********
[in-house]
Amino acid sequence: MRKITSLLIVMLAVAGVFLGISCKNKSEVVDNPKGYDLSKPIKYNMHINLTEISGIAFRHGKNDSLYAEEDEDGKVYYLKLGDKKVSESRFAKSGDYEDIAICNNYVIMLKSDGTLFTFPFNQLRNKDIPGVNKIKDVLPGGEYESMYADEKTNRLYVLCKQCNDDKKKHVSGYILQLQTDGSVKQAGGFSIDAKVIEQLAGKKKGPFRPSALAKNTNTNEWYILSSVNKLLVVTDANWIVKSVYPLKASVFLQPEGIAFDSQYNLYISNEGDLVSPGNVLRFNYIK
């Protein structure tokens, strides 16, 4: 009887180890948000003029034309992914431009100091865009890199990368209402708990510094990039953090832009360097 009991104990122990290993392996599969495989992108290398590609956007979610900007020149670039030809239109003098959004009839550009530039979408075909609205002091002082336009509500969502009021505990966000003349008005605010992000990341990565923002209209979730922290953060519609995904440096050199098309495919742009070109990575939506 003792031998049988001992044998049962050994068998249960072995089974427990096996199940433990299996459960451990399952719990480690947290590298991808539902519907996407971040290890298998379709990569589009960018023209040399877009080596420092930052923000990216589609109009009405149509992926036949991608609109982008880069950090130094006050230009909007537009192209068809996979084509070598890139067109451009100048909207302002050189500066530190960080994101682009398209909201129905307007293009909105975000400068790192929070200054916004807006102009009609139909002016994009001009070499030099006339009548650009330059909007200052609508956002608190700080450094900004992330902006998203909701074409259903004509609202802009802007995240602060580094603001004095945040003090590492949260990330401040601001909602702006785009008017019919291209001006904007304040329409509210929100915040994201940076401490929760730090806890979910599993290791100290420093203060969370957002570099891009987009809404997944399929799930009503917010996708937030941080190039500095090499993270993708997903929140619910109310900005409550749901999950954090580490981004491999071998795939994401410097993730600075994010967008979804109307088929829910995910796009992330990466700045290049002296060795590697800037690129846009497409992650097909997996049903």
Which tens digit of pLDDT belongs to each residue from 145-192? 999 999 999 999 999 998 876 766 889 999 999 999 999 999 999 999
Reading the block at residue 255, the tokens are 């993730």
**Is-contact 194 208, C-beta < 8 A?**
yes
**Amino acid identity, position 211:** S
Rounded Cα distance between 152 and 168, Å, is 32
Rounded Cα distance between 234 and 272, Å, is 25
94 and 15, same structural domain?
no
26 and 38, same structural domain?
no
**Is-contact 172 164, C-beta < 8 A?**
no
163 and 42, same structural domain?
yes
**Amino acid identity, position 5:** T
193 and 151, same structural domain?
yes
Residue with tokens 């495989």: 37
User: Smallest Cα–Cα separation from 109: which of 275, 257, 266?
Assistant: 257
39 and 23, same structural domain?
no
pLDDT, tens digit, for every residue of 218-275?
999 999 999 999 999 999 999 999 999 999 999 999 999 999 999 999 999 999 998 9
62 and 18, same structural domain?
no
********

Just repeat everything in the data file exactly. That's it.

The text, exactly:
[in-house]
Amino acid sequence: MRKITSLLIVMLAVAGVFLGISCKNKSEVVDNPKGYDLSKPIKYNMHINLTEISGIAFRHGKNDSLYAEEDEDGKVYYLKLGDKKVSESRFAKSGDYEDIAICNNYVIMLKSDGTLFTFPFNQLRNKDIPGVNKIKDVLPGGEYESMYADEKTNRLYVLCKQCNDDKKKHVSGYILQLQTDGSVKQAGGFSIDAKVIEQLAGKKKGPFRPSALAKNTNTNEWYILSSVNKLLVVTDANWIVKSVYPLKASVFLQPEGIAFDSQYNLYISNEGDLVSPGNVLRFNYIK
């Protein structure tokens, strides 16, 4: 009887180890948000003029034309992914431009100091865009890199990368209402708990510094990039953090832009360097 009991104990122990290993392996599969495989992108290398590609956007979610900007020149670039030809239109003098959004009839550009530039979408075909609205002091002082336009509500969502009021505990966000003349008005605010992000990341990565923002209209979730922290953060519609995904440096050199098309495919742009070109990575939506 003792031998049988001992044998049962050994068998249960072995089974427990096996199940433990299996459960451990399952719990480690947290590298991808539902519907996407971040290890298998379709990569589009960018023209040399877009080596420092930052923000990216589609109009009405149509992926036949991608609109982008880069950090130094006050230009909007537009192209068809996979084509070598890139067109451009100048909207302002050189500066530190960080994101682009398209909201129905307007293009909105975000400068790192929070200054916004807006102009009609139909002016994009001009070499030099006339009548650009330059909007200052609508956002608190700080450094900004992330902006998203909701074409259903004509609202802009802007995240602060580094603001004095945040003090590492949260990330401040601001909602702006785009008017019919291209001006904007304040329409509210929100915040994201940076401490929760730090806890979910599993290791100290420093203060969370957002570099891009987009809404997944399929799930009503917010996708937030941080190039500095090499993270993708997903929140619910109310900005409550749901999950954090580490981004491999071998795939994401410097993730600075994010967008979804109307088929829910995910796009992330990466700045290049002296060795590697800037690129846009497409992650097909997996049903």
Which tens digit of pLDDT belongs to each residue from 145-192? 999 999 999 999 999 998 876 766 889 999 999 999 999 999 999 999
Reading the block at residue 255, the tokens are 């993730």
**Is-contact 194 208, C-beta < 8 A?**
yes
**Amino acid identity, position 211:** S
Rounded Cα distance between 152 and 168, Å, is 32
Rounded Cα distance between 234 and 272, Å, is 25
94 and 15, same structural domain?
no
26 and 38, same structural domain?
no
**Is-contact 172 164, C-beta < 8 A?**
no
163 and 42, same structural domain?
yes
**Amino acid identity, position 5:** T
193 and 151, same structural domain?
yes
Residue with tokens 């495989």: 37
User: Smallest Cα–Cα separation from 109: which of 275, 257, 266?
Assistant: 257
39 and 23, same structural domain?
no
pLDDT, tens digit, for every residue of 218-275?
999 999 999 999 999 999 999 999 999 999 999 999 999 999 999 999 999 999 998 9
62 and 18, same structural domain?
no